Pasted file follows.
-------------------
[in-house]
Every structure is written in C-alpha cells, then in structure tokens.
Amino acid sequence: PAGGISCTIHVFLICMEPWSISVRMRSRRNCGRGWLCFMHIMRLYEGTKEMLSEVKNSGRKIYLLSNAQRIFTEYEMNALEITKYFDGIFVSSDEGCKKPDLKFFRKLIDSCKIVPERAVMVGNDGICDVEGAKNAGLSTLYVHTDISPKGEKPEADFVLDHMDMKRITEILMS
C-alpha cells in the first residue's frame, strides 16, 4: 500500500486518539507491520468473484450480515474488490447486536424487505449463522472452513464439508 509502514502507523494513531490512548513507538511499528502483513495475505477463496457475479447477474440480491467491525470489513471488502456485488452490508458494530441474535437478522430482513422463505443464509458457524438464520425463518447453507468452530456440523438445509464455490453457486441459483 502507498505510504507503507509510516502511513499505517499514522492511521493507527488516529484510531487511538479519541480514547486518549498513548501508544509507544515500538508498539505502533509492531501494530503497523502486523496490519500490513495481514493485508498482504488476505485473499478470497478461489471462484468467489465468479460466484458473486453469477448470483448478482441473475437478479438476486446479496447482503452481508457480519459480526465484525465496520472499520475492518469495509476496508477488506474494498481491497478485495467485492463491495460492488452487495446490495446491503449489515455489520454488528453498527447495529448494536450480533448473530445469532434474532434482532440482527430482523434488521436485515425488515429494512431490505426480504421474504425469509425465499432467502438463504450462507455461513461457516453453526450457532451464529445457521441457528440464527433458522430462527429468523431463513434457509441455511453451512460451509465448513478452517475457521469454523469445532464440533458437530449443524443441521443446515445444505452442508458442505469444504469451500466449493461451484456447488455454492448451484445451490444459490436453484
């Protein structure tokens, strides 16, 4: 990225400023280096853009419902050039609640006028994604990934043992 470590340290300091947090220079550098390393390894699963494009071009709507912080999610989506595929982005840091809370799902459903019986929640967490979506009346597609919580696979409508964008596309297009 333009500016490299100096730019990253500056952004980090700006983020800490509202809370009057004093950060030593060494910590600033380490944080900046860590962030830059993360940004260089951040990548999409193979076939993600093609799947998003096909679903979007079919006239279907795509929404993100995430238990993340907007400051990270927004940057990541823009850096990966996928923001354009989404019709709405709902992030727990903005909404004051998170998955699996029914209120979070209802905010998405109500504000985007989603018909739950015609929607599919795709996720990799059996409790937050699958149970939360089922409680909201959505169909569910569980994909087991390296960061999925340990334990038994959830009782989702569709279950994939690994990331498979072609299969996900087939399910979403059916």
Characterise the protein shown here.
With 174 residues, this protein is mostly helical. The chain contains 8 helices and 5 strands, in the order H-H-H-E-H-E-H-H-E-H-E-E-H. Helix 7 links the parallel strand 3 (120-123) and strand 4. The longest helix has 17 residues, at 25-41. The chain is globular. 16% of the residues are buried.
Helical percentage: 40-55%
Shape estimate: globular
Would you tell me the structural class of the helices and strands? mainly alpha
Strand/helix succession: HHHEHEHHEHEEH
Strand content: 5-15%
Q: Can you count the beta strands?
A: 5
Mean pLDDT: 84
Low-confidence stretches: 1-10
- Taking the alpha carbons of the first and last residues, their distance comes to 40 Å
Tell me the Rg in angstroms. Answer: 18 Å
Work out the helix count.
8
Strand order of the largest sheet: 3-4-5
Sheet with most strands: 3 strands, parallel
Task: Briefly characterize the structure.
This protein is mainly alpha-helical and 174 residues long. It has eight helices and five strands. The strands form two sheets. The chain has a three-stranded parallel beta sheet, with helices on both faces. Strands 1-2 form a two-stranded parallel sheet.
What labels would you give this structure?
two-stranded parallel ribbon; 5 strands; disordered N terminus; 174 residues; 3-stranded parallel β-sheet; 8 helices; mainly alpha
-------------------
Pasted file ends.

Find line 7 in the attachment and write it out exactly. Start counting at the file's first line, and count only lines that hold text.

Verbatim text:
With 174 residues, this protein is mostly helical. The chain contains 8 helices and 5 strands, in the order H-H-H-E-H-E-H-H-E-H-E-E-H. Helix 7 links the parallel strand 3 (120-123) and strand 4. The longest helix has 17 residues, at 25-41. The chain is globular. 16% of the residues are buried.